The SPAA has blasted Scottish first minister Nicola Sturgeon after she urged Scots not to book overseas travel during the October school holidays unless the trip was essential.

Sturgeon made her comments as she announced stricter measures in Scotland to limit the spread of Covid-19, including banning interaction between households.

Saying that the school holidays were an opportunity to “further limit social interaction”, she added: “Given that this is a global pandemic, please do not book travel overseas for the October break if it is not essential.”

Mike Tibbert, vice president of the SPAA said: “The first minister’s comments in the Scottish Parliament today were unnecessary, wholly gratuitous, and extremely damaging for the Scottish travel industry.

“This year has been catastrophic for travel agents and the entire travel sector and today’s comments could well be the final nail in its coffin.

“It’s utterly short-sighted to consider that this story ends with our members having had no 2020 income, but the stark facts are that, without immediate and targeted stimulus for the travel sector, Scotland will lose its global connectivity as airlines cut routes. It’s no idle warning. It is probable, that loss of connections would cause irreversible long-term damage to our whole economy.”

Tibbert added: “It’s becoming ever clearer that our entire travel sector – and consequently our economy – is in real and immediate jeopardy. This is absolutely no exaggeration, yet there appears to be no support either at ground or strategic level to prevent this. Indeed, we seem to have government announcements actively designed to destroy travel jobs and the whole industry when there are destinations which it is safe to travel to such as Turkey.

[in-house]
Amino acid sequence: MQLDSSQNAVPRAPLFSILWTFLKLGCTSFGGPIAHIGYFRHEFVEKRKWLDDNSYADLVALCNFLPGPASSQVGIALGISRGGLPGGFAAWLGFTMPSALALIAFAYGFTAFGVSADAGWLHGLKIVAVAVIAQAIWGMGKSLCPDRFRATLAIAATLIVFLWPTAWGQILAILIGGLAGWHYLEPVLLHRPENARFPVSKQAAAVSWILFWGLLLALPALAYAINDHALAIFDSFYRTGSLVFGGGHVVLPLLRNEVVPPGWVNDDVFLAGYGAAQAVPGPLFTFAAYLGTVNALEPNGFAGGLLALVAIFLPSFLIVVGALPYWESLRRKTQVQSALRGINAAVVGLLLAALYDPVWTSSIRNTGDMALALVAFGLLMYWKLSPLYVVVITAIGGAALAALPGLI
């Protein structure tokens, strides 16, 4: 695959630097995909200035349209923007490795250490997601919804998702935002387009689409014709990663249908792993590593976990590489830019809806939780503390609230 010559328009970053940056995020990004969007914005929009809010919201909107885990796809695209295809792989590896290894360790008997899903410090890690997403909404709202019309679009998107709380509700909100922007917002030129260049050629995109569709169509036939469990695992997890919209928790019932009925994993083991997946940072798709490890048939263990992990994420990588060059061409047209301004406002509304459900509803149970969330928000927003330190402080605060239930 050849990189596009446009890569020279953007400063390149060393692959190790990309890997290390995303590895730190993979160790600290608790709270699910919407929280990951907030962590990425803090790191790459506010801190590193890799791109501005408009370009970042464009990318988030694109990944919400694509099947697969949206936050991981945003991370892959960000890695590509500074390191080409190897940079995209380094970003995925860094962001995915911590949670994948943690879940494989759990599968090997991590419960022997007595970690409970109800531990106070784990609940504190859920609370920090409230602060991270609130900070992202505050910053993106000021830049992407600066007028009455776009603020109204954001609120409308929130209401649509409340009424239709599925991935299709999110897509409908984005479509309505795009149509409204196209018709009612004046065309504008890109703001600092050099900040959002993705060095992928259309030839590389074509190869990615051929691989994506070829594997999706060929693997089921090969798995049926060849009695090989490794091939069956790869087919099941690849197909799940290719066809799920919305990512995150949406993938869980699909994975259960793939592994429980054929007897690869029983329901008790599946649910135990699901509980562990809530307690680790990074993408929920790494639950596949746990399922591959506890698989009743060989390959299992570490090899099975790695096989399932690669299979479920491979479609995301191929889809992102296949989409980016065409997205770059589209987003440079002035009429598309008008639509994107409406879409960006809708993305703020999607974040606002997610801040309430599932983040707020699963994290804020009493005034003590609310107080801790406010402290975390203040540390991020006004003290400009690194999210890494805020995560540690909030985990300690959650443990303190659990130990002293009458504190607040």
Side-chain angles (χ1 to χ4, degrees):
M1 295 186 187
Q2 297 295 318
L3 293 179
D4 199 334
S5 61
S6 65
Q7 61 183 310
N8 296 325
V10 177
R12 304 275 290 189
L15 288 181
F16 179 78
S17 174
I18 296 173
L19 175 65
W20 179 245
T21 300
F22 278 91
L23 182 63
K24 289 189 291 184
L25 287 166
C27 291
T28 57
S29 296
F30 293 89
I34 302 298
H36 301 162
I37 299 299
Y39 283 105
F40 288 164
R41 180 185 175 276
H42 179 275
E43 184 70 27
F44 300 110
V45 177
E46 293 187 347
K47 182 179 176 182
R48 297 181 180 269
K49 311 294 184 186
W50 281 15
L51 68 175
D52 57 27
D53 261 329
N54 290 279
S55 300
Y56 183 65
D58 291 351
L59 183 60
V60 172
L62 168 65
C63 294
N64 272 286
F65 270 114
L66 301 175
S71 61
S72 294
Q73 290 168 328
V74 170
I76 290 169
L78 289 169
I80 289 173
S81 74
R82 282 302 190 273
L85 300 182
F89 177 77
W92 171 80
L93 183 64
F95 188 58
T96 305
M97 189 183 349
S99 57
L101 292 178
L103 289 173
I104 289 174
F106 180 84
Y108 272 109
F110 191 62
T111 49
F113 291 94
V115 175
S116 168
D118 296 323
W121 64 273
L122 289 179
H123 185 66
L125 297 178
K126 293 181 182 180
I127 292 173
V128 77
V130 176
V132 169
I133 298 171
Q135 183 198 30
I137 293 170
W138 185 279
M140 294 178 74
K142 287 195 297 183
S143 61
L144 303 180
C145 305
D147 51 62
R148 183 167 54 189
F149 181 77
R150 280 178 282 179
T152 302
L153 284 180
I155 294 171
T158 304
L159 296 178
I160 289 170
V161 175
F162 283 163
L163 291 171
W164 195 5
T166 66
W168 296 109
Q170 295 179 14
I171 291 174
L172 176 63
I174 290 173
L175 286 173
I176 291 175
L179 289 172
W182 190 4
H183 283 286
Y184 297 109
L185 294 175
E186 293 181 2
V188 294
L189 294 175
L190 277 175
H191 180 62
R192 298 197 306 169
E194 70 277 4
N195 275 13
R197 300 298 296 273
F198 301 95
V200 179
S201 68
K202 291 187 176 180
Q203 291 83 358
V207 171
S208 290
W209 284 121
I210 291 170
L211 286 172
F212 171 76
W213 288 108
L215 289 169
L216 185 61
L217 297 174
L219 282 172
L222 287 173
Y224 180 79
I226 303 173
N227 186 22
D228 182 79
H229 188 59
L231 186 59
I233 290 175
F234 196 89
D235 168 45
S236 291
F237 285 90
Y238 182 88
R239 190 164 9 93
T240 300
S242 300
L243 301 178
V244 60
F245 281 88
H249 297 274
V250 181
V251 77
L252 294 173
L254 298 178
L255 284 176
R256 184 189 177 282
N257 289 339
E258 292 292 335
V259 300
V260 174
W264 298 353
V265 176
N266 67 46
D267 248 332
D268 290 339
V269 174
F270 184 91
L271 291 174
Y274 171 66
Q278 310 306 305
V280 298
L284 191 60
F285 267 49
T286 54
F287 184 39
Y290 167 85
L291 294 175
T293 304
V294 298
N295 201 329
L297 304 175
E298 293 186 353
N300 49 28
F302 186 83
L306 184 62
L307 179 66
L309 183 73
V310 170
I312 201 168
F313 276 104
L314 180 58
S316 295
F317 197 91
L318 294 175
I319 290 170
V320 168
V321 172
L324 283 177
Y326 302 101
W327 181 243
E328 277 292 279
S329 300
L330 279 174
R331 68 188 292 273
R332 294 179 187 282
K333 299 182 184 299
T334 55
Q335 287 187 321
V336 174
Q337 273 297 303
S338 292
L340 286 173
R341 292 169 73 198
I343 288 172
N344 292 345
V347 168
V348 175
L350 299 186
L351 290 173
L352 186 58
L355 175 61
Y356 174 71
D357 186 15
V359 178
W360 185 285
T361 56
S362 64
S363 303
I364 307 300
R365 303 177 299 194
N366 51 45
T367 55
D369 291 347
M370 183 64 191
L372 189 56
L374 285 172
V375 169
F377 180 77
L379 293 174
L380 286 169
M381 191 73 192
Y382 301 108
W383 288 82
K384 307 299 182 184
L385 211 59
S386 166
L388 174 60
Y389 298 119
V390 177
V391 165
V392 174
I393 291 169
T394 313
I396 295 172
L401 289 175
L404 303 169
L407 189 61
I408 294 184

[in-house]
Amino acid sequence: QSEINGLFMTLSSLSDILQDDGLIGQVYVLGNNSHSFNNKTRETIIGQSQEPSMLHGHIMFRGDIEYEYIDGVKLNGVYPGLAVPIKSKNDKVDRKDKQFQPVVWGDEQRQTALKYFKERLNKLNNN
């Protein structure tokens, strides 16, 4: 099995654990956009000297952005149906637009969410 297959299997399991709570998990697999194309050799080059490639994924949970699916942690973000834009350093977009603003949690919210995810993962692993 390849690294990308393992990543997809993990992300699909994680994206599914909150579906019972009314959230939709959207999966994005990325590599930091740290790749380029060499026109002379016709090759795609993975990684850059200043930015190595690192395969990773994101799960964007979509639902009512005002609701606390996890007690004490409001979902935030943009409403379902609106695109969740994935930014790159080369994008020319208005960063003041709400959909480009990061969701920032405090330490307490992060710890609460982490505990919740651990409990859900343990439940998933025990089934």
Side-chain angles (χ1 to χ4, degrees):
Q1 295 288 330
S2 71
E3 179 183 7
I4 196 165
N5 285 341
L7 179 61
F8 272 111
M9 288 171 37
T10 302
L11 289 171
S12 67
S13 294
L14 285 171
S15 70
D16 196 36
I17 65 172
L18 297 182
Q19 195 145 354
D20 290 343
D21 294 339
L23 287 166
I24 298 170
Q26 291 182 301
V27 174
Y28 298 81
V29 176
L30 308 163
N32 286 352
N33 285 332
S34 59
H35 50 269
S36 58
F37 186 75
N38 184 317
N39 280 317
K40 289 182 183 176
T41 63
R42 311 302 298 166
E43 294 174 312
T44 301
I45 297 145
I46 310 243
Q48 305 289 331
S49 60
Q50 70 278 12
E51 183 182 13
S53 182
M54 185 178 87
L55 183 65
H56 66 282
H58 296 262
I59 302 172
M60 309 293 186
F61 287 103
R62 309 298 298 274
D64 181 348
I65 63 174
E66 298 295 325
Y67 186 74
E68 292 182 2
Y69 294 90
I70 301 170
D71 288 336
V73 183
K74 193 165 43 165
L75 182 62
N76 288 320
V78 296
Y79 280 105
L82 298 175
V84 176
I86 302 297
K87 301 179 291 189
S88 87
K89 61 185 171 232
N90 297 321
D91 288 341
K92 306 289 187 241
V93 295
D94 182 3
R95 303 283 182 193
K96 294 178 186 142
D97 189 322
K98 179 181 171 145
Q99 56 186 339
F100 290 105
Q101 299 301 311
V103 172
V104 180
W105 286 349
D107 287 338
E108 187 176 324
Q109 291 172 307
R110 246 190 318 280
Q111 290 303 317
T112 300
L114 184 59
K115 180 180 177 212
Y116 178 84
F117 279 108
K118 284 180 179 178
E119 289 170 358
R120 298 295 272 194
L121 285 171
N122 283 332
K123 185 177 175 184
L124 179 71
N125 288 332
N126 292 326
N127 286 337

“It’s clear that the financial model of the travel industry is neither understood nor differentiated from the domestic hospitality and tourism sector.  Travel agents have had virtually no income at all in 2020, as, even for holidays booked prior to the initial lockdown, travel agents will have had no income at the time of booking.

“Many have had negative income due to the level of refunds and the credit card charges they have been obliged to process; some of these before they were refunded by the airline or travel operator. Increased job losses are on the horizon for the whole sector.”

Rory Boland, editor of Which? Travel, said: “While the advice for people in Scotland not to book holidays abroad over the October break may be sensible to prevent further spread of the virus, it does not help those who have already booked a holiday, many of whom will have done so several months ago.”

He warned airlines would continue to fly and not refund customers, adding: “There cannot be one rule for holidaymakers and another for airlines. If people are being asked not to travel, then airlines should be made to provide rebooking at no additional cost or refund options to their customers, to prevent them from being left out of pocket or putting public health at risk by taking a holiday they can’t afford to cancel.”